[Heald Green, Greater Manchester] Sangam

We’d eaten here once before. But that was, literally, years ago and we had no recollection of the place. It’s somewhere we drive past regularly but it’s never been somewhere on our radar to go back to. It was just handy this time.

It was something of a game of two halves – in that the food was much better than the service, which seemed disorganised. As soon as we sat down, we were asked if we wanted poppadums. Yes we did. And they came quickly and were good, seemingly quite fresh, with the usual mango chutney, mint raita and onions. And then nothing happened. Twenty minutes went by before we had to buttonhole one of staff and say we were ready to order food.

They hadn’t cleared the poppadum plates before the starters arrived, so something of a juggling act took place. And then, one of them was wrong, so there was a delay for the right one. So I watched her eat, then she watched me eat.

OK, as to the food, it was the online menu that had appealed. Although it retains a small section of the “any protein with any sauce” dishes beloved by run of the mill curry houses, most of the menu is given over to individually named and described dishes. My “correct” starter was a seekh kebab. Nothing thrilling there, except that’s what I think of as a tester dish. I know how it should taste, so it’s something on which I feel I can judge a restaurant. And, yes, it’s a good one. Moist, tasty, well spiced meat given the minimum amount of time in the tandoor. Across the table, there had been a king prawn puri. Prawns cooked in a quite spicy sauce and then wrapped in a deep fried puri. The bread was, presumably, crisp when it came out of the fryer but was soggy from the prawns and sauce. Still tasted good.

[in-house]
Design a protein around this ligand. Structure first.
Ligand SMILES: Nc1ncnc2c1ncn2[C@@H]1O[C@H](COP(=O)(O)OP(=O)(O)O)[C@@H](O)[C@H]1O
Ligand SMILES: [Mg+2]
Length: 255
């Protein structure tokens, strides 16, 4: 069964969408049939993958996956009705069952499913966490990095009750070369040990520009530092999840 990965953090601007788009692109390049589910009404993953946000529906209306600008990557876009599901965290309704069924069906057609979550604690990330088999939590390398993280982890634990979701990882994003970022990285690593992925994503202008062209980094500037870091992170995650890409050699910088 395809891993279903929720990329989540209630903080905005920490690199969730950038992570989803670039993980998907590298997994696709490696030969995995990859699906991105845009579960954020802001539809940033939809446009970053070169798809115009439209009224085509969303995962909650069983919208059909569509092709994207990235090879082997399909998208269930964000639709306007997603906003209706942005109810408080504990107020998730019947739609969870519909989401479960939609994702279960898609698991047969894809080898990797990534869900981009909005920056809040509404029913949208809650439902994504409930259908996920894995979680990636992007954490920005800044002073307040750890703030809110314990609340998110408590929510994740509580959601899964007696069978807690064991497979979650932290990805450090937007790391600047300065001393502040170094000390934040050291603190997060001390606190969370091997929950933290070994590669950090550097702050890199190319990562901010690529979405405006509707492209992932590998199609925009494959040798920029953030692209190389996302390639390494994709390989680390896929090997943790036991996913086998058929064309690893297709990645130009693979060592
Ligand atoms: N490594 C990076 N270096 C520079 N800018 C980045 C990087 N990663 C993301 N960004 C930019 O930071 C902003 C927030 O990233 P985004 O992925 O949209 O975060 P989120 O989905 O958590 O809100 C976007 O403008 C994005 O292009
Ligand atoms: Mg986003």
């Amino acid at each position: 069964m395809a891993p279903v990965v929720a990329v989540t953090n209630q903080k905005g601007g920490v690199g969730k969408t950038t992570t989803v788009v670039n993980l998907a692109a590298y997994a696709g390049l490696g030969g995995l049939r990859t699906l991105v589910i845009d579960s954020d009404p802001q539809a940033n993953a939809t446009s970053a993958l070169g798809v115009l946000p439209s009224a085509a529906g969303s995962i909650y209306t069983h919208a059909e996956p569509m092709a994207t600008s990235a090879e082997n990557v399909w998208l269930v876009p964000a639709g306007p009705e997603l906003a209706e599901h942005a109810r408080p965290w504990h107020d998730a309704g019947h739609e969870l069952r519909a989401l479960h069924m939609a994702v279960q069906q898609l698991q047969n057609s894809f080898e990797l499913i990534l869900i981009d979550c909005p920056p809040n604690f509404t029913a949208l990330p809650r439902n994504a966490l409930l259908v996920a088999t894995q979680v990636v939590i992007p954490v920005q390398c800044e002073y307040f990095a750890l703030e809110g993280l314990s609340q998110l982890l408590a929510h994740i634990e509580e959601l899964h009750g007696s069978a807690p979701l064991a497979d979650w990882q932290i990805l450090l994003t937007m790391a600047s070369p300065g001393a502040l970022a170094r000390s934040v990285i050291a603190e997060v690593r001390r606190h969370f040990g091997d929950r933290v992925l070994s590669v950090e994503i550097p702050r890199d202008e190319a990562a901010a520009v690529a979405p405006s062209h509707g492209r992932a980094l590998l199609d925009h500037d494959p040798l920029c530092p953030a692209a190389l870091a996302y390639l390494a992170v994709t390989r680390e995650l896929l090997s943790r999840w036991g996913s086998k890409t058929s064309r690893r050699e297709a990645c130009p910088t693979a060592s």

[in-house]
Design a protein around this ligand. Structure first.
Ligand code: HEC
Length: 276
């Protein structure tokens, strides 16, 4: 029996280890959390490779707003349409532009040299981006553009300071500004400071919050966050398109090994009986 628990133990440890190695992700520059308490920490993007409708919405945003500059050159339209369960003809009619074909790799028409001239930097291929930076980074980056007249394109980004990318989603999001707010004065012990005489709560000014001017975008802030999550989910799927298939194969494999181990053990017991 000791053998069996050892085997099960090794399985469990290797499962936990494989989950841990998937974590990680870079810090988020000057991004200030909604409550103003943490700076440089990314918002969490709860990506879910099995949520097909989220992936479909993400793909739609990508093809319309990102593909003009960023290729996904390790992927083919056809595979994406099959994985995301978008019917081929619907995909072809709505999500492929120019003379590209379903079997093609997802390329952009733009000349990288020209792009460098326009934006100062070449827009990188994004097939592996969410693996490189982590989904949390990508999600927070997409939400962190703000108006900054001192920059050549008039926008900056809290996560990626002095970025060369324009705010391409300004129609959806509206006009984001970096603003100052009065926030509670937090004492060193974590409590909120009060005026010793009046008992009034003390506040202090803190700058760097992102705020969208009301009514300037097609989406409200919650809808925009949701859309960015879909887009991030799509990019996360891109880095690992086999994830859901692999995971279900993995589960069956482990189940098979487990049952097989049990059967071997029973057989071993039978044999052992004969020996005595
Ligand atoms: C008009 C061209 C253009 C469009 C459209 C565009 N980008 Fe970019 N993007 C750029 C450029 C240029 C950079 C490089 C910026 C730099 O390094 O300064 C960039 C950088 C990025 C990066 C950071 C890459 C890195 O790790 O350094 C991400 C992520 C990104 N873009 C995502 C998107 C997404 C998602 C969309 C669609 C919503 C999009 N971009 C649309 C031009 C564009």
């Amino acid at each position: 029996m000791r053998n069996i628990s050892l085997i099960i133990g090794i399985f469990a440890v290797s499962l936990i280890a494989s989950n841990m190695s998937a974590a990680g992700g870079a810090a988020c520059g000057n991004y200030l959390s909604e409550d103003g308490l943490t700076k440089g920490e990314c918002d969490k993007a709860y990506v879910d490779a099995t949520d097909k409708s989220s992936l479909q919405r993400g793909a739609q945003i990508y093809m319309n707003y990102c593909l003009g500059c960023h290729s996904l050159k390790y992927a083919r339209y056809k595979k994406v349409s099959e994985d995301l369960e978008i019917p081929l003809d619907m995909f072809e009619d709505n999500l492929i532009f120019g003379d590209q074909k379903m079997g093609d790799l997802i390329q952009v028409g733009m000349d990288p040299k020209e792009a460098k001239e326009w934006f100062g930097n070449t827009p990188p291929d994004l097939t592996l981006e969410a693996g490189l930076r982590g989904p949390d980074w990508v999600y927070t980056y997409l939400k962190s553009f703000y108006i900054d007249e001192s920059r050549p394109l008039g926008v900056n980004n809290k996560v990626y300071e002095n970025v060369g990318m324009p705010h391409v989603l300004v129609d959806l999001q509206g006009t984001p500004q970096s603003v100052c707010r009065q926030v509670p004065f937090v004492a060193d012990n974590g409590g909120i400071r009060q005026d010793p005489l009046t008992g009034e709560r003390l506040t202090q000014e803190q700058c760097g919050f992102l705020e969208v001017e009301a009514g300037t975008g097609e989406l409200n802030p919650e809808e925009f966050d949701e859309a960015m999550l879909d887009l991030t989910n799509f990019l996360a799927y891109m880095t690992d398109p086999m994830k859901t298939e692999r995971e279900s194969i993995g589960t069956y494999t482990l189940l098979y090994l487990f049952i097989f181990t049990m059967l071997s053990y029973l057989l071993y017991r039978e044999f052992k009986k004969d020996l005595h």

Main courses were excellent. Vegetarian ones are offered as either main course size or as a side order and the saag channa was bang-on for flavour. Mainly spinach, but with the chickpeas running through it. It packed a chilli punch but that was tempered by a hint of the metallic from the spinach. You could almost feel it doing you good. The other plate came for the desi section of the menu, cooked in a Punjabi home style. Not being Punjabi I have no idea how traditional their rendering is, but karahi chicken with daal was unusual. Yes, I’ve eaten desi spiced karahi chicken before. And I’ve eaten daal. But here, the daal forms the sauce. It’s a really well rounded plate of food which I liked – a lot. Carbs, rice and naan, were good.

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“Food is a pretty good prism through which to view humanity.”

― Jonathan Gold